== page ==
Several of Joe Biden’s most prominent endorsers in New Hampshire have been quietly signaling for weeks that the campaign needs to make changes if it wants to win the first-in-the-nation primary, interviews with Democrats directly familiar with the state operation reveal.
Up until recently, Biden had maintained a comfortable standing in early polls in New Hampshire. But that advantage has disappeared amid the growing momentum and war chests of two neighboring state rivals, and now, as the official filing date for the primary kicked off on Wednesday, his early backers are blaming different parts of the campaign’s structure for hampering his ability to stay on top.
Some Biden backers in New Hampshire believe the problems are at the national level, where they see a visible lack of direction that has trickled down to the early states for some time now. Others dismiss that dynamic as natural friction between any state and national teams, and say the greater issue is a communication breakdown happening on the ground.
“We just need to know who we’re supposed to be talking to on a regular basis,” Peter Sullivan, a Democratic former state legislator, told The Daily Beast.
That critique was echoed in interviews with multiple Democrats who are publicly supporting Biden, including some who have worked on his previous presidential campaigns, as well as those who have longstanding ties to state politics.
“Communication has been a problem. We’re all busy but we all need direction,” one longtime veteran of New Hampshire politics who endorsed Biden, said, expressing frustration about several aspects of the campaign.
The supporter added, “there hasn’t been a lot of activity that I’ve been involved in. That’s their choice. They can use me as they like. But obviously, you want to do more.”
Supporters of rival candidates tend to promote their crowd sizes as markers of success, and New Hampshire is no different. Sens. Elizabeth Warren (D-MA) and Bernie Sanders (I-VT) have both attracted throngs of people to their recent events. But supporters of Biden contend that while he doesn’t generate the same massive crowds, he’s better than both of the progressive senators at retail politics, and that his personal connection with people helps in the wooing process.
However, a recent survey shows that style only gets Biden so far. In a University of New Hampshire poll released on Tuesday, Biden’s support reached its lowest point in the primary in the state, dropping from 24 percent in July to 15 percent. Rocketing past him were Sanders, with 21 percent, and Warren with 18 percent.
Andy Smith, a professor at UNH who conducted the poll, told The Daily Beast that it shows the limitations of name recognition and the campaign’s “electability” argument.
“You’re electable until people don’t think you are,” Smith said. “It’s going to be extremely difficult and he’s going to have to have a fairly significant shakeup in the campaign to get things going.”
Then there’s the fundraising issue. The release of his third quarter totals revealed Biden’s campaign was more cash-strapped than other top-tier contenders. He raised $15.2 million over three months, ending with just $9 million on hand, compared to Sanders, who raised raised $25.3 million, Warren, who raised $24.6 million, and South Bend Mayor Pete Buttigieg, who brought in $19.1 million during the same time frame.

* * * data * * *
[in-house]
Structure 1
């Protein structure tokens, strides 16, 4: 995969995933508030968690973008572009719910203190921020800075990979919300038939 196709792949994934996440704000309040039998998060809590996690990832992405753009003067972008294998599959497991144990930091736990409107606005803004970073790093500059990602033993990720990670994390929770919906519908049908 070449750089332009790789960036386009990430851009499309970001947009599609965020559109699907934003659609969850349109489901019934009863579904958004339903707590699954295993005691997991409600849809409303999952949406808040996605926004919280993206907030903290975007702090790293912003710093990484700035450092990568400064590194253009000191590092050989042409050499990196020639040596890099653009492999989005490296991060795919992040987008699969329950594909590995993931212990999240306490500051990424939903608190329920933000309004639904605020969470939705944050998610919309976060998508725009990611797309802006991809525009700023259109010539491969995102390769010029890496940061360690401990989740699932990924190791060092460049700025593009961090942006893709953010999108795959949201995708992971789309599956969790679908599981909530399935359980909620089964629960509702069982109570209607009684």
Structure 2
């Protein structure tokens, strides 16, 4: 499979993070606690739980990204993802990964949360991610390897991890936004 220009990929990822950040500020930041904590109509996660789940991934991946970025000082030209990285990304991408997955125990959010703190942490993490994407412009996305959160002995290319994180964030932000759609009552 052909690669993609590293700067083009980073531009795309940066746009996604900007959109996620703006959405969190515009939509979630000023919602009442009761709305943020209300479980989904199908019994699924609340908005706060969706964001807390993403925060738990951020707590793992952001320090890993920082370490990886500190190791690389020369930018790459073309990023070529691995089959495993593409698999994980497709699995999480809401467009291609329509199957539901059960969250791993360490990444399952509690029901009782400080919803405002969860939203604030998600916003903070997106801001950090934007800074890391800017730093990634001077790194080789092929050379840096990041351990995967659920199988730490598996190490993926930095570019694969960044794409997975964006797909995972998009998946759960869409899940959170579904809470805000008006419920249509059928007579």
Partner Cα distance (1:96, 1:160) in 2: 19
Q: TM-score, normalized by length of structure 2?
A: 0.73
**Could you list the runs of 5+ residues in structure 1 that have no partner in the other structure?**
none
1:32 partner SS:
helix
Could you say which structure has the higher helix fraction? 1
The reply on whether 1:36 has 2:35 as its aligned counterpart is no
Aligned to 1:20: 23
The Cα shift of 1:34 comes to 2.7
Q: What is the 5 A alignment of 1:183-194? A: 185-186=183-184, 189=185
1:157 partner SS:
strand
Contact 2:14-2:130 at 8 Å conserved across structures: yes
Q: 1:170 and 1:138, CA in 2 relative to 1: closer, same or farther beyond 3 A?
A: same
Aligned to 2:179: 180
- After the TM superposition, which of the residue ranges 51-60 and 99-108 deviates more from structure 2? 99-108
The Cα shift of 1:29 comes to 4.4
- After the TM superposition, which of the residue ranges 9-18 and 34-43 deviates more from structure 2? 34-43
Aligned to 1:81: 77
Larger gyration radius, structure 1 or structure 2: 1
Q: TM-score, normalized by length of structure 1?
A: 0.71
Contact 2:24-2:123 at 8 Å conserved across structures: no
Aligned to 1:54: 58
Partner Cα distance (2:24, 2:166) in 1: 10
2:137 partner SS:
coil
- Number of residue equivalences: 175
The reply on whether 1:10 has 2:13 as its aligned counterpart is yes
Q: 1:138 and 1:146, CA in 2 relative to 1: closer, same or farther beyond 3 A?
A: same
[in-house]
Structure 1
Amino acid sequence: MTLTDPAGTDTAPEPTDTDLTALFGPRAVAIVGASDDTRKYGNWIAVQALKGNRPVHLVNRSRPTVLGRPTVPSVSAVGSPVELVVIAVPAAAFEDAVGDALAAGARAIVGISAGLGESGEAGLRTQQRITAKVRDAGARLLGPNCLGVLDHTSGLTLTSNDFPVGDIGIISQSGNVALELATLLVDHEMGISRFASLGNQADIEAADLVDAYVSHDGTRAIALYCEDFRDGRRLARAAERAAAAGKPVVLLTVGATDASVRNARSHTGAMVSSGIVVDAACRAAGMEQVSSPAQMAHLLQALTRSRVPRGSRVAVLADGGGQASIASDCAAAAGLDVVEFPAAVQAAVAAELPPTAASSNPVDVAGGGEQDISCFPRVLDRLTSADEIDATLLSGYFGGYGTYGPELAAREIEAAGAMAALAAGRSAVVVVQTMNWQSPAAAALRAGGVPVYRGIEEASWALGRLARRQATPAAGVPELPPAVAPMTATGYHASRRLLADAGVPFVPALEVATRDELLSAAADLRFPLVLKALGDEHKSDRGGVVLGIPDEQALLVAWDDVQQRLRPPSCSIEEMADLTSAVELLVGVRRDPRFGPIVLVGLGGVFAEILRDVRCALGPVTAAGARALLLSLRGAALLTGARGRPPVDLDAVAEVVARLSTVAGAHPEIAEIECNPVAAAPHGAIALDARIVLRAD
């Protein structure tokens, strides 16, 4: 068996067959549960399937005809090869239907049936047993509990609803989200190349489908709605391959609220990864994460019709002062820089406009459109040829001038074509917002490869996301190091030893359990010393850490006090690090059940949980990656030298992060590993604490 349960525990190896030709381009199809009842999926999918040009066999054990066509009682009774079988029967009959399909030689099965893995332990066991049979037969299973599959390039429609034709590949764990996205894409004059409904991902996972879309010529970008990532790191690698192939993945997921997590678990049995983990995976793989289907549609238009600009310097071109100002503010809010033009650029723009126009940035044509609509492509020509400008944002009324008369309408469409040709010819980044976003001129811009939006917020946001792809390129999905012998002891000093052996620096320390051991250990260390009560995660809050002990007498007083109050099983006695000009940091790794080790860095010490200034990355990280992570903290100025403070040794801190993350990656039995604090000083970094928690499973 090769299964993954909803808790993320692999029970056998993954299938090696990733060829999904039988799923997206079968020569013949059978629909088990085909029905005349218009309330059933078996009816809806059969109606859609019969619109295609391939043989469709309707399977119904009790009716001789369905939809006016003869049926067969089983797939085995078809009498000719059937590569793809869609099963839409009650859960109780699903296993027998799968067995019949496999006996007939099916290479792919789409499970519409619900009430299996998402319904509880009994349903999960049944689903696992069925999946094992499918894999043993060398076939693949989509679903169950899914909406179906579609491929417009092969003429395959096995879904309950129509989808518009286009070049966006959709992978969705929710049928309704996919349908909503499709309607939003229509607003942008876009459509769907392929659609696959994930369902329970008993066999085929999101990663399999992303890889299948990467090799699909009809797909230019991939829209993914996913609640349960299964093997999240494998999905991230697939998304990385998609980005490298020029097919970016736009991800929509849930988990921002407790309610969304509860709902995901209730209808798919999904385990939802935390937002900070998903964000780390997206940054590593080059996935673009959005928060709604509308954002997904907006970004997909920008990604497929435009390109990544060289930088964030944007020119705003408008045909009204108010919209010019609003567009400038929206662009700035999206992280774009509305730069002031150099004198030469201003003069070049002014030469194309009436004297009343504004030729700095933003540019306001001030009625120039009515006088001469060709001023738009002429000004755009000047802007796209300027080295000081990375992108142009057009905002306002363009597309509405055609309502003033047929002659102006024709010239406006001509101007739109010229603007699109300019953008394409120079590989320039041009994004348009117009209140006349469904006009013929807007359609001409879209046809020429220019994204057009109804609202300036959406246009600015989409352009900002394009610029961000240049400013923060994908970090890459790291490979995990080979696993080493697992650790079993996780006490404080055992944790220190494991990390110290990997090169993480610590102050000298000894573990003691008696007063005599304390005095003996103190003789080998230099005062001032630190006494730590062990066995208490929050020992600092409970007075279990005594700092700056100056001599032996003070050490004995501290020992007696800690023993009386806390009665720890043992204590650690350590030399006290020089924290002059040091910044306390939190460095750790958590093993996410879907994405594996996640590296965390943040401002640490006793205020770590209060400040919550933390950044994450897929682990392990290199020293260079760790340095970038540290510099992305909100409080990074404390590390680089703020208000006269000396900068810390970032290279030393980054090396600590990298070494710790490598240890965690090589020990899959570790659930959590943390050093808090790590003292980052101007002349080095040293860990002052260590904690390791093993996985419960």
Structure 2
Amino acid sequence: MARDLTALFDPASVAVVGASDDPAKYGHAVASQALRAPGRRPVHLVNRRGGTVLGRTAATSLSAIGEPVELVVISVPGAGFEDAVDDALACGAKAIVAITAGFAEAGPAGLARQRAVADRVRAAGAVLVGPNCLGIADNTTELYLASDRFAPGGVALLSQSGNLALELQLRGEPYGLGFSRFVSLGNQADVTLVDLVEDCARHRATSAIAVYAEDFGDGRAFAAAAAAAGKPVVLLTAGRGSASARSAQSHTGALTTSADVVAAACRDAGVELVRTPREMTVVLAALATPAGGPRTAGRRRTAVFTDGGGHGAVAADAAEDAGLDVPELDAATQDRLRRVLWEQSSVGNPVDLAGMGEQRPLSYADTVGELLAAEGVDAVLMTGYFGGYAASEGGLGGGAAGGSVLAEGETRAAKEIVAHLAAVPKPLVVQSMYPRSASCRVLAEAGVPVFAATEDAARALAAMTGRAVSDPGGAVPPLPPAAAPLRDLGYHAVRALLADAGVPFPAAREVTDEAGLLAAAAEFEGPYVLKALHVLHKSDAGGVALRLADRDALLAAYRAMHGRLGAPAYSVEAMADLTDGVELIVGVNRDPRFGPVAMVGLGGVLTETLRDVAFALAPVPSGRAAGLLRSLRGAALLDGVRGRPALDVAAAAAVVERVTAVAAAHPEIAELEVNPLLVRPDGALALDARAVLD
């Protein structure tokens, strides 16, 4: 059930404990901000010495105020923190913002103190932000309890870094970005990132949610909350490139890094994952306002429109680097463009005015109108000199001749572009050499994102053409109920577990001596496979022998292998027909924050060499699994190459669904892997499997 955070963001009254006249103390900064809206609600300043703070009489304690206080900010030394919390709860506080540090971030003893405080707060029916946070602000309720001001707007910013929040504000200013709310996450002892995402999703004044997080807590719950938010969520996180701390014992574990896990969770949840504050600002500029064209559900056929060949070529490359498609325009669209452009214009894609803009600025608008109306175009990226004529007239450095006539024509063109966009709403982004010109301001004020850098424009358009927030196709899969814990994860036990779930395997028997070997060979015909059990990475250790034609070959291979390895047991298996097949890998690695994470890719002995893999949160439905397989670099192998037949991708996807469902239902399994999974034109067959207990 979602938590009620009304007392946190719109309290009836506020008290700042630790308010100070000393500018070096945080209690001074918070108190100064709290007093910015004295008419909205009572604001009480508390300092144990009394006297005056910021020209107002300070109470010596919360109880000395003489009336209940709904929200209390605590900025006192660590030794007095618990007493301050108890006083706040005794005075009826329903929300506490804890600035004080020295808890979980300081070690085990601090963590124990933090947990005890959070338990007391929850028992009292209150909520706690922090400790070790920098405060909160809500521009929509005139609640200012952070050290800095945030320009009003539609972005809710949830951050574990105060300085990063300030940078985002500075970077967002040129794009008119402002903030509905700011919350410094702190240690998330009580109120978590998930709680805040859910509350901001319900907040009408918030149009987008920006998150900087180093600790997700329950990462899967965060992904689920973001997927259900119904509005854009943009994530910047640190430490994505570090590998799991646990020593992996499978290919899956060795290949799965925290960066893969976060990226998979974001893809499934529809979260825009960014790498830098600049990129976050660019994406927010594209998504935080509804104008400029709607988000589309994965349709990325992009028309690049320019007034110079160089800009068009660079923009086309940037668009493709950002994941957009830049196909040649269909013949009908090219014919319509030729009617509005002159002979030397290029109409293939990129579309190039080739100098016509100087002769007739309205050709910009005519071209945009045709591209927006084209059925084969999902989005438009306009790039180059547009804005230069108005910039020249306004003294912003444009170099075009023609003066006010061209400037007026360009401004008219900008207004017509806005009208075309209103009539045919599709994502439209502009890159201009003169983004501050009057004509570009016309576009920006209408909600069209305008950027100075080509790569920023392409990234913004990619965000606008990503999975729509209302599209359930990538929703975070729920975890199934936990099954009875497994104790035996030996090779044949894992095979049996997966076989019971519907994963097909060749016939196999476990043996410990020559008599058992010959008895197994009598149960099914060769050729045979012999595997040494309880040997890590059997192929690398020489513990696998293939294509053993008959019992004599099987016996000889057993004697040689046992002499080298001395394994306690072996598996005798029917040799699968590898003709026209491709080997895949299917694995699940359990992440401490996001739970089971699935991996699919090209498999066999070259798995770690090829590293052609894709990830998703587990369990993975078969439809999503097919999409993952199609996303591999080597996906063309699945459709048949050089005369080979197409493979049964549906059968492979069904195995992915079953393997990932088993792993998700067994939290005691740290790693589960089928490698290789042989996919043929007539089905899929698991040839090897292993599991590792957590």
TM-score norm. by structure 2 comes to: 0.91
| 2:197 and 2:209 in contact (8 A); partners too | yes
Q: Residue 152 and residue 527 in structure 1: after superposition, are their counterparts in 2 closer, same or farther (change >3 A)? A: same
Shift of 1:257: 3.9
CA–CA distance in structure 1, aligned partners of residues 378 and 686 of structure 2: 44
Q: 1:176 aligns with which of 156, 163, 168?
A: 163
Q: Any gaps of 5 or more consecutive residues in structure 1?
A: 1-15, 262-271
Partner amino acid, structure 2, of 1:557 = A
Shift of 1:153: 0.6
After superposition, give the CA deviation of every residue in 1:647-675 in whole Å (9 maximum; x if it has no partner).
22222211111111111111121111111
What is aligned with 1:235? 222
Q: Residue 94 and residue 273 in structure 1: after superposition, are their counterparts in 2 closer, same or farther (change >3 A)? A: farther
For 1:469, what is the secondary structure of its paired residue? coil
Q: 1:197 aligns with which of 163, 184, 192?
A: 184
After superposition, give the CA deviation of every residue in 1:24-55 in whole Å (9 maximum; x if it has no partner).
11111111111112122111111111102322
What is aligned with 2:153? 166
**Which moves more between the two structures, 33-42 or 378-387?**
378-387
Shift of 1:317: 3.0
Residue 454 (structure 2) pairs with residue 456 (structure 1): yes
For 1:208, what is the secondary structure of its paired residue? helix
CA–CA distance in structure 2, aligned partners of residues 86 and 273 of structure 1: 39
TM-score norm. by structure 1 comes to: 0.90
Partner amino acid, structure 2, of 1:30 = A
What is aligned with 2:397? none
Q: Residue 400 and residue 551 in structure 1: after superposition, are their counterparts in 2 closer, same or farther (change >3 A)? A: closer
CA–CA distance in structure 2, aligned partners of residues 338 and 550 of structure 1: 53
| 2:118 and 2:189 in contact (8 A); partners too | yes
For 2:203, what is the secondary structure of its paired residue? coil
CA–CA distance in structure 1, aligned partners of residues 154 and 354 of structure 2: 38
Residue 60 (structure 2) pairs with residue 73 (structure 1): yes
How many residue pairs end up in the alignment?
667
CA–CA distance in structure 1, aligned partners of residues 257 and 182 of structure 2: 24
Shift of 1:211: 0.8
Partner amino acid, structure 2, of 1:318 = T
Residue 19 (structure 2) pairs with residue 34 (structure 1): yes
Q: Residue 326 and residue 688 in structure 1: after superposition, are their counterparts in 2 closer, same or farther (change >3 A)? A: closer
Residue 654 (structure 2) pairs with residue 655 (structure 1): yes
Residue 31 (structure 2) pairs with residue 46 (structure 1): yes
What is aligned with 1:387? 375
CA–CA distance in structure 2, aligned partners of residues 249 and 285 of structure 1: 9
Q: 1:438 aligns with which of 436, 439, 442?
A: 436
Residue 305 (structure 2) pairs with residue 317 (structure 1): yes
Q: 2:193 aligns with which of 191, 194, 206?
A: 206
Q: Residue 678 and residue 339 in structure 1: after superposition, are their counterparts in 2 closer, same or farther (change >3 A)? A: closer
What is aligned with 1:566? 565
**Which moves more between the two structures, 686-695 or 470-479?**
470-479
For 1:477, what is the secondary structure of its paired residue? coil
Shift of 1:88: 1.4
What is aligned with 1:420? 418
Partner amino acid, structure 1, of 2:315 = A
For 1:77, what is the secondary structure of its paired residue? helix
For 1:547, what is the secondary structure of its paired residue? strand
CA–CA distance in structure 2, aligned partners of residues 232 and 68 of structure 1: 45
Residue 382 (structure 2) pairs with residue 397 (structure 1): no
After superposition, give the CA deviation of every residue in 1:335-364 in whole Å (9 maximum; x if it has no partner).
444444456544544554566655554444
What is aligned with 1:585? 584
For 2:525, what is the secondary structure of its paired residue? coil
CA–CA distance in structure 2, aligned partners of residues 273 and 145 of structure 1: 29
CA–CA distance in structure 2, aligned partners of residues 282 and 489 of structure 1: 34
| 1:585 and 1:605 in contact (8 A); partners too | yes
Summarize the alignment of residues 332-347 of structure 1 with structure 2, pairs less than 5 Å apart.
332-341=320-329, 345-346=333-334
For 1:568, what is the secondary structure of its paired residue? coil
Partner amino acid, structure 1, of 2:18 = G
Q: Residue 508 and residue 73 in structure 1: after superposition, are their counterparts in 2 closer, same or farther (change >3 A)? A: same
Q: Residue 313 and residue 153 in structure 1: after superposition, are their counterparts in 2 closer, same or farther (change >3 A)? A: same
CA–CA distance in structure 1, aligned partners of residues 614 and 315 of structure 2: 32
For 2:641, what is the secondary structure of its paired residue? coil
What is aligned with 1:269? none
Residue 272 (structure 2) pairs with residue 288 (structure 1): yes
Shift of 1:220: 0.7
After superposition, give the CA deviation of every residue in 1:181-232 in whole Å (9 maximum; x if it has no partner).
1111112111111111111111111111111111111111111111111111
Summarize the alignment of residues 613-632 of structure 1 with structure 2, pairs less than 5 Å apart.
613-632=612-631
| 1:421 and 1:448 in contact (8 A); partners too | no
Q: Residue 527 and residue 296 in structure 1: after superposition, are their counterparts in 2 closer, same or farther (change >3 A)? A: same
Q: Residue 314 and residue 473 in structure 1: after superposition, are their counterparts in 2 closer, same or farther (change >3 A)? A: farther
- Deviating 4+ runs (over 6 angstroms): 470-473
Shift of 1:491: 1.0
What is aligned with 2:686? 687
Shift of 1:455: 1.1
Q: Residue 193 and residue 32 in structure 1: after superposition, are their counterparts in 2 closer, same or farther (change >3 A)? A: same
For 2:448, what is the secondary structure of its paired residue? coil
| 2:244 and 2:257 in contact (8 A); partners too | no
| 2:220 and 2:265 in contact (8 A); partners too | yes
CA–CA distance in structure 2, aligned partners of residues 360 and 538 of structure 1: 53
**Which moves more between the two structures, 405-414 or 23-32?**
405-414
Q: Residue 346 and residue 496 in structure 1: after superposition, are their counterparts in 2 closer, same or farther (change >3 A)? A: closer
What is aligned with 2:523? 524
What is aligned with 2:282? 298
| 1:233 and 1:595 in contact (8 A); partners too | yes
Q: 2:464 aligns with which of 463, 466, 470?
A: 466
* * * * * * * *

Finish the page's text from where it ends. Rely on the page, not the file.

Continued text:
That problem, one longtime surrogate said, rests solely with the national campaign.
“I don’t think the problem is as much in New Hampshire as it is in the upper echelon [of the campaign],” a longtime Biden surrogate in the state said. “They have to adjust more, they have to be more flexible, and more cognizant of New Hampshire politics and what their staff is going through and how difficult it is.”
A Biden New Hampshire campaign official pointed to 10 offices and 50 staff on the ground, adding that they engage early backers by sending weekly updates, holding regular conference calls, and asking them to meet with organizing staff to provide advice. In addition, the official said the team regularly connects supporters with national staff.
“I feel a lot of empathy for the campaign workers because this time there are so many undecided voters,” former Rep. Carol Shea-Porter, a top Biden backer, told The Daily Beast.
Sullivan, who also acknowledged the work of the organizers on the ground, said sometimes his concerns would be better handled by a political staffer. “Most of my direct communication has come from the field staff,” he said. “But sometimes I’ll have things I need to talk about and that’s not the appropriate point of contact.”
Ned Helms, a veteran Democratic activist and former state official who held key roles in Obama's 2008 and 2012 New Hampshire campaigns, said any concerns he has about the campaign are largely based on the nature of the competitive primary, and the increased spotlight on Biden in the 24/7 news cycle.
“Do I have concerns? Sure I do, because I know it’s going to be a close campaign,” Helms said. “There’s always more to be done but the ground game is on target.”
And some prominent supporters say Biden’s efforts in the Granite State are going just fine.
Former Gov. John Lynch, the state’s longest serving governor who endorsed Biden just hours after he launched his bid, said their campaign has done a “great job at communicating,” adding that he receives direction from both the national and state directors.
“I probably get 10 or 15 emails a day saying exactly where the vice president is,” Lynch told The Daily Beast.
Still, some of Biden’s top backers say they want to be more involved and intend to go directly to top campaign officials for guidance.
“The purpose of the whole thing is to replace the person who’s in the White House right now,” said Chris Spirou, a veteran of New Hampshire politics who’s held elected positions in the state. “I plan to talk to people in the campaign and see that we get everybody to pull their weight.”